Going the last mile can forge Smarter Logistics Solutions
The last mile delivery challenge, with which we’re all so familiar, evolved even before Brexit to become as important an operational or transactional function as it is a brand challenge.
Retailers are recognising that while the customer experience starts on our keyboards, it’s the direction of travel of their brand beyond the order confirmation page - continuing right up until the doorbell sounds and a flutter of possession and excitement is felt - to the second when, finally, that parcel is physically placed in the recipient’s hands that matters.
Freight handlers need to understand the intricacies of the customer journey and be clear on the role they’re playing in creating that experience, be it positive or negative, when delivering goods. This could be at home or globally, including any future challenges due to the UK’s split from the European Union – and unexpected global threats such as the Covid-19 virus.
Unpacking this issue (excuse the pun) faced by the logistics industry at large, means building an understanding of what the demands along the journey look like, and how retail and delivery partners can work together to successfully manage these expectations whether it’s through the quickest, the cheapest or the greenest option.
Pertinent to this dilemma is recognising that customers want visibility of their purchased items. This means they are demanding real-time updates of the location of their goods within the delivery journey, from the time of despatch. Customers don’t have the patience or interest in navigating through multiple transport provider websites, which is typical when a retailer uses different companies determined by a customer’s order size, delivery time and maybe even destination.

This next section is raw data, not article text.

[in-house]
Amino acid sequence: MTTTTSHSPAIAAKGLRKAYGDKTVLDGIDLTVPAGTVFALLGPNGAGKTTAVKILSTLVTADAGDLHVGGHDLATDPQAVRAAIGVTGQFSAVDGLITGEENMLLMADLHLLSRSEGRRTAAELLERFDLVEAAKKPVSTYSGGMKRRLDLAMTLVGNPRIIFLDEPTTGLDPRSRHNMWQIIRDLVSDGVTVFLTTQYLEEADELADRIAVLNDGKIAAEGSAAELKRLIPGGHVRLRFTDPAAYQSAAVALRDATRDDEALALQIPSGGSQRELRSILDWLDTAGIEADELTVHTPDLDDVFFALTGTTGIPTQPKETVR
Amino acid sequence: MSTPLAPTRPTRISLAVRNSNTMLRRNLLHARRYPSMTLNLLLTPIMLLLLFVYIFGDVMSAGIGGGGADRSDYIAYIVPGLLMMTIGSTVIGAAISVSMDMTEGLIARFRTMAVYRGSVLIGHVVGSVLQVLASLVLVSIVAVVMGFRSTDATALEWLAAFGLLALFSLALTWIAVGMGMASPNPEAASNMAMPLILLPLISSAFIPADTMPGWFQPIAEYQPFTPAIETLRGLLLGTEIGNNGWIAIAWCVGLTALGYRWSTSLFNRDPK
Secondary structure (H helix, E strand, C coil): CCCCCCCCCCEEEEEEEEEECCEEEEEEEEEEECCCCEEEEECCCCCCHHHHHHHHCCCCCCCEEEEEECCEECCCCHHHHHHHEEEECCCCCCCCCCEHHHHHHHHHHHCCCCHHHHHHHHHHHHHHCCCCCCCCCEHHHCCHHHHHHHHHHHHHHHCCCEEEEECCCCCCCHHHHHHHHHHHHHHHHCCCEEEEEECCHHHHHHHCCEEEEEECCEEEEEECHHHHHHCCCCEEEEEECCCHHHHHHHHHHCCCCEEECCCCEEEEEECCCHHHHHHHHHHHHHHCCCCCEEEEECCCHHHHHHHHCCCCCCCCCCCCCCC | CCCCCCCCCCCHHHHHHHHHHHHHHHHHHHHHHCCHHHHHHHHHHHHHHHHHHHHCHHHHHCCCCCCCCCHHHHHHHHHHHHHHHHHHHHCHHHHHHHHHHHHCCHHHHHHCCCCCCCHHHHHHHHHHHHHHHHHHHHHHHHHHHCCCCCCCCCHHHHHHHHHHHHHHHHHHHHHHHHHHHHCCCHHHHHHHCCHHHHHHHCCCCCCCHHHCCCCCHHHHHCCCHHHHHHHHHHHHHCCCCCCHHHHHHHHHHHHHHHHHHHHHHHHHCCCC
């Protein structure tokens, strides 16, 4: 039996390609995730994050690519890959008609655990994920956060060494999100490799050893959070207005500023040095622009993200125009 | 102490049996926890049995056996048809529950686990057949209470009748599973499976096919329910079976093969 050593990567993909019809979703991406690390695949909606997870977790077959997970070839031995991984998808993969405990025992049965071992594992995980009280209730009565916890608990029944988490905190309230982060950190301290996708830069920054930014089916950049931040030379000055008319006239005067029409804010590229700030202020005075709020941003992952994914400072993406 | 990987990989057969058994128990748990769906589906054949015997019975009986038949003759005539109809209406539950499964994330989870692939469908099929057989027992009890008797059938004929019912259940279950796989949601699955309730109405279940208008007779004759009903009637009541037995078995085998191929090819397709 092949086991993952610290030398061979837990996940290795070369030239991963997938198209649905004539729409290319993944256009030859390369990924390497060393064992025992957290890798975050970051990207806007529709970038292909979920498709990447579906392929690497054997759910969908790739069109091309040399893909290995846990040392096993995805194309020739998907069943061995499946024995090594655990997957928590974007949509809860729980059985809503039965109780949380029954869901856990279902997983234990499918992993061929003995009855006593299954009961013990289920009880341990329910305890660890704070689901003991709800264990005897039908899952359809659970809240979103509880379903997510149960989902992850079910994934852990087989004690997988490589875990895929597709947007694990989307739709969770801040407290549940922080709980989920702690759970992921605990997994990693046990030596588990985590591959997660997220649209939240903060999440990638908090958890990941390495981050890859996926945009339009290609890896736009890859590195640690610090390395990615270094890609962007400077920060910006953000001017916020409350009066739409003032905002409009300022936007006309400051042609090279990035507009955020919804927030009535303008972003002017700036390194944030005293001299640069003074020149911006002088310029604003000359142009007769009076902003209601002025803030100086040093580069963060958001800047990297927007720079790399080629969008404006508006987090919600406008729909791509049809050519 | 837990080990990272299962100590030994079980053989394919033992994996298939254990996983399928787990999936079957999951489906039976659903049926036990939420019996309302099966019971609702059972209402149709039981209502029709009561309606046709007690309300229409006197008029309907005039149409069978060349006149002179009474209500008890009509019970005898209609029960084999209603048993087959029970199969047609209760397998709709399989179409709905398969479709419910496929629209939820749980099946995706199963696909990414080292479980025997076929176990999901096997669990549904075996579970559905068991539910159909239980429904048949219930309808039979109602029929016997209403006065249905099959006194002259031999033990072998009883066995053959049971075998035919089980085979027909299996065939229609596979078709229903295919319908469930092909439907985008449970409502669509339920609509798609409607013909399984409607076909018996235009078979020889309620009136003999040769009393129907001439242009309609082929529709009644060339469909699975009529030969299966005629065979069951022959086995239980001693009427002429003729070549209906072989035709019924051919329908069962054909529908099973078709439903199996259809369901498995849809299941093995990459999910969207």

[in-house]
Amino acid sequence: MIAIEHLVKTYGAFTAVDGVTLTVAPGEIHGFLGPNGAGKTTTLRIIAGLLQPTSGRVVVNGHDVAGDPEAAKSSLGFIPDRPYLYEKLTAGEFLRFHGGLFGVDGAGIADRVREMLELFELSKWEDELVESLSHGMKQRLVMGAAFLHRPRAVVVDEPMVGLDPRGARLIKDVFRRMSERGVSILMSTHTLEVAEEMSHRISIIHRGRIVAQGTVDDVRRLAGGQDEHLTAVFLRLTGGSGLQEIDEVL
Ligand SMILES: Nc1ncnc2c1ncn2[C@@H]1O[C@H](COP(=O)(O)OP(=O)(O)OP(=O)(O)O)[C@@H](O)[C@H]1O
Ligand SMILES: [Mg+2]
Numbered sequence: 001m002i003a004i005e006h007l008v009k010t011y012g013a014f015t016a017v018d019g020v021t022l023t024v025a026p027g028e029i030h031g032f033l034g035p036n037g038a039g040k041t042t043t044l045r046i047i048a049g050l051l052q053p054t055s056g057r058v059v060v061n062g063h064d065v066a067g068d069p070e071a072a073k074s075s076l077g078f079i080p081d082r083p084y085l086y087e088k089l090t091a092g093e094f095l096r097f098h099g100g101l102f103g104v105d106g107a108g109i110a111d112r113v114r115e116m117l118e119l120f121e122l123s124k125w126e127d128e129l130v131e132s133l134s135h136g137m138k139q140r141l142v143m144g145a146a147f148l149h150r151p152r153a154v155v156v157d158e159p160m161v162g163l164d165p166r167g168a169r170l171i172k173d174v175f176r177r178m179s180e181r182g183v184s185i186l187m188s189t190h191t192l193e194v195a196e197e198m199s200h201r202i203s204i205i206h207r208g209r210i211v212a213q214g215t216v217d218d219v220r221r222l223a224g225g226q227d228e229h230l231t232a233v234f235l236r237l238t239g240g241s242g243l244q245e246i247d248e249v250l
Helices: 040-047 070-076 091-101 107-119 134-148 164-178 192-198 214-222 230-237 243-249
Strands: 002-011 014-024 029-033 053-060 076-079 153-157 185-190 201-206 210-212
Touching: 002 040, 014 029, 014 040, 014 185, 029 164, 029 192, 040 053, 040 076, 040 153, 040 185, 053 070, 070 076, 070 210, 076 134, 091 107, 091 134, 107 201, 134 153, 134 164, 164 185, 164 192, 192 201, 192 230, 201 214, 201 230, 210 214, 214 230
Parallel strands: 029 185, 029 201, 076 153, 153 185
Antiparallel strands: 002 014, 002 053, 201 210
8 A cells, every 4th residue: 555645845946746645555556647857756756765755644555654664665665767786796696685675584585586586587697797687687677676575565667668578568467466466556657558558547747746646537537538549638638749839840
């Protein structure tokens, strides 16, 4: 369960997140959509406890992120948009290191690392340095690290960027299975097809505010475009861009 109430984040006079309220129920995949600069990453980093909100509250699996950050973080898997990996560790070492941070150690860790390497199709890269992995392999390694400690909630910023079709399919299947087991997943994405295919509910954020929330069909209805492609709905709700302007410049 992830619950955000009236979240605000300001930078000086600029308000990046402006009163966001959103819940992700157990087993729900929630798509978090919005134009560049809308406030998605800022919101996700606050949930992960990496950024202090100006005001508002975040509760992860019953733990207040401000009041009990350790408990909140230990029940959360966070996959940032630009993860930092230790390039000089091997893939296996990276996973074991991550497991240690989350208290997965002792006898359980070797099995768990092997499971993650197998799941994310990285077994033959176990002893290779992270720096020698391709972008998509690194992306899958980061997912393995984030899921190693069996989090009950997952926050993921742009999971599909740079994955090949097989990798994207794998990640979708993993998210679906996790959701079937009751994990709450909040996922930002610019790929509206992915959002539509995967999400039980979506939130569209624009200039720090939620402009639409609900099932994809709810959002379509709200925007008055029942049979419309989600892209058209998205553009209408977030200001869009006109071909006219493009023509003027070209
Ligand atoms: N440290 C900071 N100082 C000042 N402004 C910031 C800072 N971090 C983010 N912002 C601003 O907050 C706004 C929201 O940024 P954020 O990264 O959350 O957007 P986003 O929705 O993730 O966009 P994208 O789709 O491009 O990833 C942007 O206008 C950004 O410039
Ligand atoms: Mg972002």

Building in a level of customer control effectively aligns a retailer’s or supplier’s brand with high quality service delivery. The tactic of pushing real-time updates to customers’ mobile devices becomes a part of the customer’s journey that is both useful and relevant. This is a simple yet highly effective way to add value to your customer’s brand experience. Your customers believe you care – because you’ve shown them you do. Brand loyalty is born.
The challenges for the smaller operators are the prohibitive costs of implementing label scanning, hardware acquisition, and the ongoing costs of licence fees. The reality is stark, yet within reach. If the smaller players want to build their competitive position, they must part with tradition and offer their customers a real-time tracking capability.
Innovative technologies such as SmartFreight® Tracker track each shipment via a web portal or phone app, regardless of transport provider used. They allow customer service teams and customers to see the location of a shipment from creation to delivery. A company branded email is sent to the customer containing a hyperlink to a branded web portal where they can check the progress of their shipment on a computer, tablet or smartphone.
This is a system that addresses operational challenges the industry faces and is sympathetic to customer expectations. It has been designed for transport providers to capture shipment tracking events. Using an app, the real-time picture and status of a shipment can be encapsulated, and drivers use their smartphone to scan labels at every stage of the journey.
Like customers, online retailers also want more control of the last mile. Instead of abdicating the responsibility to a transport company, they want to control the customer service as best they can. Online retailers need to be able to send their customer an email notification on goods dispatch and provide updated information of its progress.
The benefits of implementing software that can empower the consumer, and introducing platforms that enable the retailer to manage the consumer whilst assisting the retailer-shipper relationship, is without question invaluable. Brand marketing is anchored in understanding the value proposition and how this trickles down through the supply chain. The businesses that can demonstrate this at scale will have a greater chance of survival.
Consumers are not shy to choose companies who offer digital and rapid response customer support options. Indeed, the initiatives of the global players are hard to compete with, but what this should prompt from the smaller operators is a motivation to research industry innovation, uncover insights, and action opportunities to forge strategic and collaborative partnerships between retail and logistics to ensure their survival.